However, the juxtaposition of the fabric facets in the artefact, is not a hotchpotch but is highly considered in order to create a harmonising whole of kaleidoscopic colourways. Strictly speaking, the Denbigh quilt is not a quilt but a patchwork of fabric. This is because the underside of the quilt has not been finished with backing. However, this allows for an examination of the construction of the quilt, which uses the English method of quilting. The method involves the use of paper templates to secure the fabric in the required shape and tacked to secure the material for stitching the pieces together. Traditionally, the paper was removed, and the quilt formed by backing and bordering the outside perimeter of the quilt in some manner to create a ‘finish’. Many examples of unbacked quilts survive in Australia, leading to the proposition that this was a reaction to the colonial climate and that they were used as light summer throws.

Summer quilts were imported into the colony from as early as 1840. This then invites an idea that privately ‘brought’ quilts, as well as quilts made in Australia were deliberately not finished. It also suggests the quilt was never washed as the paper templates would perish in water.

Another interpretation of the functionality of quilted fabric was the pre-Federation craze for using such material as a decorative drape for a table or a couch.
It was at this time that Australian women began to abandon English ideas of pattern and construction to respond to local patriotism through the use of Australian motifs, designs and embroidered embellishment. So, it is difficult to assign English or Australian heritage to the artefact. As female heirlooms, these meticulously hand-constructed items were traditionally handed down through the female line and treasured. Perhaps Mary started the quilt and abandoned it having been thrown into instant step-motherhood upon marriage?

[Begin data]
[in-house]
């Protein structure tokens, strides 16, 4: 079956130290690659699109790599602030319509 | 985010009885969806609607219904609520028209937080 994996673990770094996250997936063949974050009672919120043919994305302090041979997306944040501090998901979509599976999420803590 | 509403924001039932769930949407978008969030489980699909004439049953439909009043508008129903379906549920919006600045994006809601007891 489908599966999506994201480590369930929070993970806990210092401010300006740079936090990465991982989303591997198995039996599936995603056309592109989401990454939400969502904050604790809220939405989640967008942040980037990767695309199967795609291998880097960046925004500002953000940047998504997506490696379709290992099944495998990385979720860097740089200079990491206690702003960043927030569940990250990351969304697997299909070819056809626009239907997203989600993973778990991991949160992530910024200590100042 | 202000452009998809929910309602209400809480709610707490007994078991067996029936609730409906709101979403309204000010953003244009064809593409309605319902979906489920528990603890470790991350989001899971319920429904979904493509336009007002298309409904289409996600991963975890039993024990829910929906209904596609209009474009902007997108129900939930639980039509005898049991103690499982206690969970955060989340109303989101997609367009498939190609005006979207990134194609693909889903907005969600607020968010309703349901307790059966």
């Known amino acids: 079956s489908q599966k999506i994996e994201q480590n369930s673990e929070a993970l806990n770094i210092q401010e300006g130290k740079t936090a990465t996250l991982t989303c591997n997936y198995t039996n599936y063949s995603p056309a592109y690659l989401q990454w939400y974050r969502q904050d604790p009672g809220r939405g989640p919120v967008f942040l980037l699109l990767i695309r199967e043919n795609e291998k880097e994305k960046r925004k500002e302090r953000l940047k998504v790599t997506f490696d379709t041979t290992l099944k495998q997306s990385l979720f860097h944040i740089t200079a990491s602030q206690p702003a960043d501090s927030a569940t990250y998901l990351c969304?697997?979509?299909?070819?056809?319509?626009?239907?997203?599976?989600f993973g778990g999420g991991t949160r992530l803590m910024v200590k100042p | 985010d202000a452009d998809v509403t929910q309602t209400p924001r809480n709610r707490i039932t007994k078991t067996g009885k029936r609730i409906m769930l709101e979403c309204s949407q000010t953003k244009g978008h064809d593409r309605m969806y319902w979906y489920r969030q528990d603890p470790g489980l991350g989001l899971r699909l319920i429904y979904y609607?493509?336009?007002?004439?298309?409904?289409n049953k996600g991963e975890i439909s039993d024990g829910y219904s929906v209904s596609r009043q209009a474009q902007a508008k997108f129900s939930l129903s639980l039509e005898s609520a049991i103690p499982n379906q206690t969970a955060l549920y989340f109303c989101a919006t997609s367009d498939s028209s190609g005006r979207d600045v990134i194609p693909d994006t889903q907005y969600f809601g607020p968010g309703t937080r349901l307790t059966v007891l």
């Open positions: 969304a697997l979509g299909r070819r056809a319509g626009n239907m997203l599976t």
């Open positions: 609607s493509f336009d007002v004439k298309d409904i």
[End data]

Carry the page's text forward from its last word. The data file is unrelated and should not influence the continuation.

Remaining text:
What seems certain is the quilt was never sold. Mary became widowed in 1875 after her husband suffered a debilitating, work-stress related death. Their youngest child had been born the year previously. Mary was forced to convert assets into cash. Wimba, and the entire contents of the house were sold. There was no quilt in the inventory of the public auction, although there were bedding and beds advertised.
Further research has uncovered that the quilt was gifted to Mrs Johnston, a next door neighbour, by two Denbigh spinster sisters, the daughters of Denbigh’s first wife, in gratitude for constant care and concern for them as ageing ladies.

In 1916, women who ‘... possessed elaborate old-time quilts were advised to store them carefully, for all too soon they will only be found in museum exhibits’. Today, the collection contains a very fine piece of silk patchwork, stored carefully in an archival textile box to maintain concrete evidence of the female art of manual handcrafting and artistic design.

Source: McWha, Susan. Stories They Tell: a history of Kew through objects, Kew, Kew Historical Society, 2022, pp28-30.


The quilt is constructed in the popular hexagon pattern of silk off-cuts of an earlier period. Hexagon patchwork quilts were typically constructed of individual hexagons, which were formed using paper or card templates. Where these are visible, it would indicate that writing paper was used to form the templates. The quilt is unlined and has a green silk border, added at a later date. Early 19th Century patchwork quilts tended to use cotton to create the hexagons, whereas silk became the preferred medium mid-century. The quilt has been dated to the middle decades of the 19th century due to the colour range, and the exclusion of black silk hexagons. Most of the silk used in the quilt has a sheen, however there is some use of velvet in one or two larger hexagons. The exposed reverse of the quilt includes a large amount of very fine hand stitching.An unlined quilt was typically used as a summer spread.


Gift of Helen Johnson, 1979